FORTUNE -- Ask any parent who is a Netflix subscriber, and there's a good chance they'll tell you that the video-streamer is much stronger on kids' programming than on adult fare. The difference grows a bit starker with Netflix's new deal to run 300 hours of original animated programming from DreamWorks.
The deal will give Netflix (NFLX) exclusive, first-run rights to the programming starting in 2014 with shows based on characters from DreamWorks' (DWA) movies. Already in the works was a TV adaptation of the upcoming feature Turbo in December.
The agreement strengthens Netflix's positions in both kids' shows and original programming -- its biggest successes in the latter category being the series House of Cards and Arrested Development. Netflix last year announced that it had struck a deal with Disney (DIS) to provide theatrical releases from Disney, Pixar, and Marvel starting in 2016. Between that deal and the latest one, Netflix now has the two biggest animation studios in its stable.
Such deals, along with plans for more original programming, have pushed Netflix shares up by 244% over the past year. Today alone, the stock has risen by more than 7% as of midday.
Michael Pachter, analyst with Wedbush Securities, remains unimpressed. Netflix remains exposed to rising content costs, he notes. And that's true for original programming as for the rights to existing content. He notes that Netflix "does not own the rights to the underlying content, but instead agrees to fund a portion of the development costs in exchange for the rights to exhibit the content on an exclusive basis for a limited period of time. We continue to believe that Netflix's original content deals are costly, and although we believe that they will serve to add subscribers for the company, it is not clear to us that original programming will have a lasting benefit."
Pachter is hardly alone in his assessment. Netflix's highly uncertain prospects have made the company among the most hotly debated among investors, resulting in sometimes-dizzying volatility.
And it's a little like traffic school for the Internet.
By David A. Kaplan
FORTUNE -- Bruce Carlisle is a 55-year-old entrepreneur in the Bay Area. He's the founder of Conference Hound, a search platform for people attending business conferences. Last October, he was attending a big Bob Dylan concert in downtown San Francisco. As the show wound down, Dylan sang "Like A Rolling Stone." Carlisle impulsively took out his iPhone MOREMay 30, 2013 12:03 PM ET
Old-school DVRs are fighting to stay relevant in an era of add-on devices from the likes of Apple, Roku, and others.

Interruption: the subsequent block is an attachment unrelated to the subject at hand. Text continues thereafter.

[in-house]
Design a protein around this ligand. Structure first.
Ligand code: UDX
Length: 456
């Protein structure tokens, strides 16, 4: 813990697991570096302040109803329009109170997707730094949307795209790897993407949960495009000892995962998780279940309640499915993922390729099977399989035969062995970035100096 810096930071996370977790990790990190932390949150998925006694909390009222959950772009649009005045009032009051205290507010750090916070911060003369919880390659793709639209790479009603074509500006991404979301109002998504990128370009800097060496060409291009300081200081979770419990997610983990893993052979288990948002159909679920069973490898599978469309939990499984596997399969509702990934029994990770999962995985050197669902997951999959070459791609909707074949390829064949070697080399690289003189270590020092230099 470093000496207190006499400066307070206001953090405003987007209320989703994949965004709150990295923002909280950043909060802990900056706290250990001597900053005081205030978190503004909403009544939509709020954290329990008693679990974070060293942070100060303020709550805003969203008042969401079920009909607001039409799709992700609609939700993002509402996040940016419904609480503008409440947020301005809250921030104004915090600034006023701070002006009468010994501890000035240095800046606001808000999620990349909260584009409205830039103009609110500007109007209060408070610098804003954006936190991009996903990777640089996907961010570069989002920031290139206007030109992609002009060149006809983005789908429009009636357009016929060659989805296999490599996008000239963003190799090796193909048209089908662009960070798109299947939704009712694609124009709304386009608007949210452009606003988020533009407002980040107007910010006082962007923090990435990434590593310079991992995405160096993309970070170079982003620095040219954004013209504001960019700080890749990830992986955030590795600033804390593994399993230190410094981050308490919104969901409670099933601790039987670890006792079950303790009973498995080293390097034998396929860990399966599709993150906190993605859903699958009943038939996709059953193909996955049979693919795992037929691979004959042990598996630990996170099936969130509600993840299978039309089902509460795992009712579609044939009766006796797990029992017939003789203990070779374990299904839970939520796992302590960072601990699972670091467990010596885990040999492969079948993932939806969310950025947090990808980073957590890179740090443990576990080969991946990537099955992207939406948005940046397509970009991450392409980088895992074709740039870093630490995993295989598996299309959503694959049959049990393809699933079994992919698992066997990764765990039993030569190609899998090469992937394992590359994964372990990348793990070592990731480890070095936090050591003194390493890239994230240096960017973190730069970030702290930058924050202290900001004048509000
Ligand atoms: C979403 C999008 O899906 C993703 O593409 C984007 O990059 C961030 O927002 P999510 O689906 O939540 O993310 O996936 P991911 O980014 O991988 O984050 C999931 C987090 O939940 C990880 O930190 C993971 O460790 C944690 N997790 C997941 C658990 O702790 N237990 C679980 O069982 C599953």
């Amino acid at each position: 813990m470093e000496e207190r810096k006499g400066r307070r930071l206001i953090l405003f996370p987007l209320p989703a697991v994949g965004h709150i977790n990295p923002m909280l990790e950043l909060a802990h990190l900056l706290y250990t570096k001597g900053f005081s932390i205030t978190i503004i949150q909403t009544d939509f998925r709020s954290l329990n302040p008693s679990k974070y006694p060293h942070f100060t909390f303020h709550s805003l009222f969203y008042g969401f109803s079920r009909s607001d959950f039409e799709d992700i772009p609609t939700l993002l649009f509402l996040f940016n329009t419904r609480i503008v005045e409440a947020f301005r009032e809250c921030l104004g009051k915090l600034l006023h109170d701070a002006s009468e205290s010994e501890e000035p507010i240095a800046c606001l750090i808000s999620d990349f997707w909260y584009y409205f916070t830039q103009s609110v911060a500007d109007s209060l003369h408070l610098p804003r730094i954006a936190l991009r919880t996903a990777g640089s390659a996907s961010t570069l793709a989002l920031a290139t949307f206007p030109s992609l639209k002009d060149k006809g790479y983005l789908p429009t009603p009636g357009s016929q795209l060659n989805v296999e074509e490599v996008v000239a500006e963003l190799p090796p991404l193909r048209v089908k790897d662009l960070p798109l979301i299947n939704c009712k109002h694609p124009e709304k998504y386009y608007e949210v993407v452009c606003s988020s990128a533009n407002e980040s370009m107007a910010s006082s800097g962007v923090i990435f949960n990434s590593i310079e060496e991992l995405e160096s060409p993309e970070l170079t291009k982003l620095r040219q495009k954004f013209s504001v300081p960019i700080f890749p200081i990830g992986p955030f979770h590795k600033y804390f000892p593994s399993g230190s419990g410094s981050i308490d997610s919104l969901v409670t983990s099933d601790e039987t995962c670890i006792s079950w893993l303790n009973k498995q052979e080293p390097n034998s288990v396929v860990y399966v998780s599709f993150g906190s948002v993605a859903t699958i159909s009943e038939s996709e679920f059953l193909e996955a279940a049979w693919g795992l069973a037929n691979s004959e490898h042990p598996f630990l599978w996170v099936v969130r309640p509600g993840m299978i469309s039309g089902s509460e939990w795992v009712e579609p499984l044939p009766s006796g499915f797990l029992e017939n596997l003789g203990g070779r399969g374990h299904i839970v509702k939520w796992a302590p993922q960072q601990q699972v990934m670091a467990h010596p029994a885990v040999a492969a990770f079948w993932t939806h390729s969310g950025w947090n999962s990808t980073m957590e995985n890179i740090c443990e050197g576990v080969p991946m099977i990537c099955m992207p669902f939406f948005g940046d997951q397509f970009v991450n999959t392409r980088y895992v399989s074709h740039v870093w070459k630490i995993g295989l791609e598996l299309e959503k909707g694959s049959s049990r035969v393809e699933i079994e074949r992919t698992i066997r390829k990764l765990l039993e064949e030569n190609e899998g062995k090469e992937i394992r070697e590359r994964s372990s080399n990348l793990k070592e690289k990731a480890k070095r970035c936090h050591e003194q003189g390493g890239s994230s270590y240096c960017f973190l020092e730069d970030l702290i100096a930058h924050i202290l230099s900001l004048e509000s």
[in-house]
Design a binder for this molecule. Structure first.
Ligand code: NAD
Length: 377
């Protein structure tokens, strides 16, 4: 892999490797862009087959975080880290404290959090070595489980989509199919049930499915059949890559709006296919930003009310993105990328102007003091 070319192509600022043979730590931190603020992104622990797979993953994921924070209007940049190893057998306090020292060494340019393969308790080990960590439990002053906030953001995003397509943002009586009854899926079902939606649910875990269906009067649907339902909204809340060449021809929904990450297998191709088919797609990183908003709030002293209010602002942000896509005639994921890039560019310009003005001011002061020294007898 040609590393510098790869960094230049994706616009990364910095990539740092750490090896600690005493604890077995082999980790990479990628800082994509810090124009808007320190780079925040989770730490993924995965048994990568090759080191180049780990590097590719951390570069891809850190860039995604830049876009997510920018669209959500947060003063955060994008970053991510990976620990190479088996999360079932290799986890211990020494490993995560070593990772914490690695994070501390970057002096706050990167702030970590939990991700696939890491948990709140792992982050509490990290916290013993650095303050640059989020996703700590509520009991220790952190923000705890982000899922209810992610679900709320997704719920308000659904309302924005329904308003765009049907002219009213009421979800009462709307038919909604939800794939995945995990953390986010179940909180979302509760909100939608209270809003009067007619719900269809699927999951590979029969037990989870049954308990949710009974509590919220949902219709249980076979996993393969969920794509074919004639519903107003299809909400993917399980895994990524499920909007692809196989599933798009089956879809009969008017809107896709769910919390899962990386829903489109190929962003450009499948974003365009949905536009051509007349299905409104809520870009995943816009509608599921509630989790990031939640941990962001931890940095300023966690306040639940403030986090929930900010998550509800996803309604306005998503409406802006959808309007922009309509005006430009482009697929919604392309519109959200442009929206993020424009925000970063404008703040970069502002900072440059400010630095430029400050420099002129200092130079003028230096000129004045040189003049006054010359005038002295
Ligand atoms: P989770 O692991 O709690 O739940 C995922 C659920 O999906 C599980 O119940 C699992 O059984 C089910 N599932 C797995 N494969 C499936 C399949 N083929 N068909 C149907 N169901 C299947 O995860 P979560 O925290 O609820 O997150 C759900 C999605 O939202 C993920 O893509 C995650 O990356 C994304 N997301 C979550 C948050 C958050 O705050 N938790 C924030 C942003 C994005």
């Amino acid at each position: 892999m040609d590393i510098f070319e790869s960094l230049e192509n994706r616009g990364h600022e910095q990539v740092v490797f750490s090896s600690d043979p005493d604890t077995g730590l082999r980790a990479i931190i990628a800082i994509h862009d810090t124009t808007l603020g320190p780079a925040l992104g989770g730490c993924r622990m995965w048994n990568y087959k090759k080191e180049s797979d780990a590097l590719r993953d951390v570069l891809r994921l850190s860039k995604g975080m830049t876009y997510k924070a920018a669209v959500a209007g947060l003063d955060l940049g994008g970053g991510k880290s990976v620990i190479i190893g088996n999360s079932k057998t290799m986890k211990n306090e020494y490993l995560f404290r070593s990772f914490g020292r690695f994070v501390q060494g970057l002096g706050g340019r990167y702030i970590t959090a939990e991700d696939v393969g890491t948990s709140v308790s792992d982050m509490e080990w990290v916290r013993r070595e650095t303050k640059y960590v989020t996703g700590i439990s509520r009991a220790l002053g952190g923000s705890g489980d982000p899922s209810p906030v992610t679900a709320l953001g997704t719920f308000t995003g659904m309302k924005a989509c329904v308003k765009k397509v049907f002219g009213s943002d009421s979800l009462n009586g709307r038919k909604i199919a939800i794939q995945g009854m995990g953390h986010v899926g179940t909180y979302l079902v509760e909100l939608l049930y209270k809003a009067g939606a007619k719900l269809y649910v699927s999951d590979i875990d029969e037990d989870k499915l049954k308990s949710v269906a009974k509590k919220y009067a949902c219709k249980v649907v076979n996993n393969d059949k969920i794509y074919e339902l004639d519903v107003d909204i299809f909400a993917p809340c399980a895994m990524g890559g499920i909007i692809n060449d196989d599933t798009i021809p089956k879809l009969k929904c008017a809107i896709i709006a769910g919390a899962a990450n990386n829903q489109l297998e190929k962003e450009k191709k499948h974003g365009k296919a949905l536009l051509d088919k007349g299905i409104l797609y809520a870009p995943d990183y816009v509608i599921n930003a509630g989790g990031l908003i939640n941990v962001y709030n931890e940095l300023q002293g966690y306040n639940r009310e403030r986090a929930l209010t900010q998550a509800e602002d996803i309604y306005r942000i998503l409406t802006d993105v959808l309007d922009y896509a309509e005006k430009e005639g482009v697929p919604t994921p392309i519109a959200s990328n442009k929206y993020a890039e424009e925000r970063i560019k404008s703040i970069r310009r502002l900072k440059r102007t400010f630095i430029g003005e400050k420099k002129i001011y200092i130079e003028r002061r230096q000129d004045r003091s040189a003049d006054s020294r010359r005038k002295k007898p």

By Peter Suciu
FORTUNE -- It used to be that families would gather around the living room TV during prime time to watch their favorite shows together. Even as the living room set has gotten bigger, the audience in front of it continues to shrink. Moreover families aren't watching together MOREMay 8, 2013 1:47 PM ET
The loss of hundreds of titles isn't slowing Netflix's momentum.
FORTUNE -- One of the most frequent complaints about Netflix (fair or not) is the supposed paucity of titles available for streaming. That complaint is about to get louder and more frequent because about 1,800 titles will be pulled because Netflix's (NFLX) licensing agreements for them are expiring today.
It's being called "The Great Netflix Purge" and "Streamageddon" (sometimes by the same MOREDan Mitchell, contributor - May 1, 2013 12:46 PM ET
Adding Internet streams of broadcast TV to the mix of options for viewers is yet another assault on cable's walled garden.
FORTUNE -- Now that Aereo has a new lease on life for its bizarre business model thanks to a court ruling Monday, the question arises: What is the company's end game?
Aereo streams broadcast television programs -- including news and sports -- over the Internet. The company argues that by creating MOREDan Mitchell, contributor - Apr 3, 2013 9:03 AM ET
A decade ago, Redbox was a tenuous experiment; its kiosks sold miscellanea from pantyhose to milk. Now, it has a shot at disrupting the king of web streaming.
By Kevin Kelleher, contributor
FORTUNE -- Reed Hastings must look at Redbox these days with a mixture of bafflement and envy.
Last summer, the Netflix (NFLX) CEO tried to introduce a new fee structure that most subscribers viewed as a price increase. A few months MOREFeb 10, 2012 10:52 AM ET
The company uses a mix of subscriber information, user ratings, rentals, and cool computer algorithms to predict what kinds of entertainment you might enjoy streaming.
Back to Reed Hastings: Leader of the packMichael V. Copeland, Senior Writer - Nov 18, 2010 12:00 AM ET
Executives from Silicon Valley to Hollywood to Wall Street admires his savvy persistence - and his company's cool culture. The secret to the Netflix CEO's success? He never stops looking over his shoulder.
Reed Hastings isn't supposed to be here -- not on a list of the year's top businesspeople, and certainly not on the cover of Fortune. His DVD-by-mail company, Netflix, was supposed to have flamed out by now, a MOREMichael V. Copeland, Senior Writer - Nov 18, 2010 12:00 AM ET
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